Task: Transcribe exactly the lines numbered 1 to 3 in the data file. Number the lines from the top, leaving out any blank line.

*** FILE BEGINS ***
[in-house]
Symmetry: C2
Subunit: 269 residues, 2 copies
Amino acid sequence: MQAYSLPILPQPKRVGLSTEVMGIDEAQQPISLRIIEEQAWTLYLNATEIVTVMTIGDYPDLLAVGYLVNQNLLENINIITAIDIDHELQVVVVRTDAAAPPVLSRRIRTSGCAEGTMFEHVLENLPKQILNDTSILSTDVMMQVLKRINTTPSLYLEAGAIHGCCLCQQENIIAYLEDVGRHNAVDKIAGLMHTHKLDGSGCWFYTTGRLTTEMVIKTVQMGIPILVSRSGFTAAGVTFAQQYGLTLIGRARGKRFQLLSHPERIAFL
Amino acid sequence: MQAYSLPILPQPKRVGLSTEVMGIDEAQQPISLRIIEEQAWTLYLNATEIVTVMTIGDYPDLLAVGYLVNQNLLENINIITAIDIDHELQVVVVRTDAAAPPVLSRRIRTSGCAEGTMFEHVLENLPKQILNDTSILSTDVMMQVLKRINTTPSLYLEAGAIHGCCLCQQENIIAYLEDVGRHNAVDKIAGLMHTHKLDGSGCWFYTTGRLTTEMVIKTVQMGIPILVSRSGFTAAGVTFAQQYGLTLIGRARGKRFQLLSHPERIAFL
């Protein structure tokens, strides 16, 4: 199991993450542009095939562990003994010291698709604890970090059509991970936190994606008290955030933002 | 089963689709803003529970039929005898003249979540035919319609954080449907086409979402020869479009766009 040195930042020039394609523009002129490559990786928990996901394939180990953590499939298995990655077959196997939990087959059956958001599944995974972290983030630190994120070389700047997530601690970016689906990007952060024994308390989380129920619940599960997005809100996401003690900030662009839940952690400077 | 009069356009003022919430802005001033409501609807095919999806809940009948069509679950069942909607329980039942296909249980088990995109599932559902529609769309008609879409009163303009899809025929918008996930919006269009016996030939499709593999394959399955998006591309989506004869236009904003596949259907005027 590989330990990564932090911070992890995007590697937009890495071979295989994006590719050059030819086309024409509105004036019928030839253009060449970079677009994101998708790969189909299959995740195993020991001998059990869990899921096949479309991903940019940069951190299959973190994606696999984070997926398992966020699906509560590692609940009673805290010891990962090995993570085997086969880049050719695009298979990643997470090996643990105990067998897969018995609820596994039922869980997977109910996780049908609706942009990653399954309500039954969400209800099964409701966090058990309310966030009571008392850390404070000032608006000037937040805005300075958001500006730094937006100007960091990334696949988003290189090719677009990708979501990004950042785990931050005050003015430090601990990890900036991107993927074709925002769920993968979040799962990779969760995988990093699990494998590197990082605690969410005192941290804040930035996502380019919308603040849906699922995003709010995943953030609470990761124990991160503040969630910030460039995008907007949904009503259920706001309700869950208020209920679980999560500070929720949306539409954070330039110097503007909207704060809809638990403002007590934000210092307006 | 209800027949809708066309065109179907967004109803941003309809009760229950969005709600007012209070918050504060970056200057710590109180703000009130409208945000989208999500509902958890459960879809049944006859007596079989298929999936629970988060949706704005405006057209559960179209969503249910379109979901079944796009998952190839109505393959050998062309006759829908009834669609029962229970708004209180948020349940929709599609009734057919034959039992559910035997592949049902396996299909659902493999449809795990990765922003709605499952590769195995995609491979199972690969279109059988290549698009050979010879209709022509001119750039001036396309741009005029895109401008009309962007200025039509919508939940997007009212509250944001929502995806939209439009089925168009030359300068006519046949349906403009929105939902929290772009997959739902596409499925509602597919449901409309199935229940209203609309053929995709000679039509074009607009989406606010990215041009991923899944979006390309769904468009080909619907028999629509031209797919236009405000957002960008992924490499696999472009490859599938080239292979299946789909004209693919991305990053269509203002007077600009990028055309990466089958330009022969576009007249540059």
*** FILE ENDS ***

[in-house]
Symmetry: C2
Subunit: 269 residues, 2 copies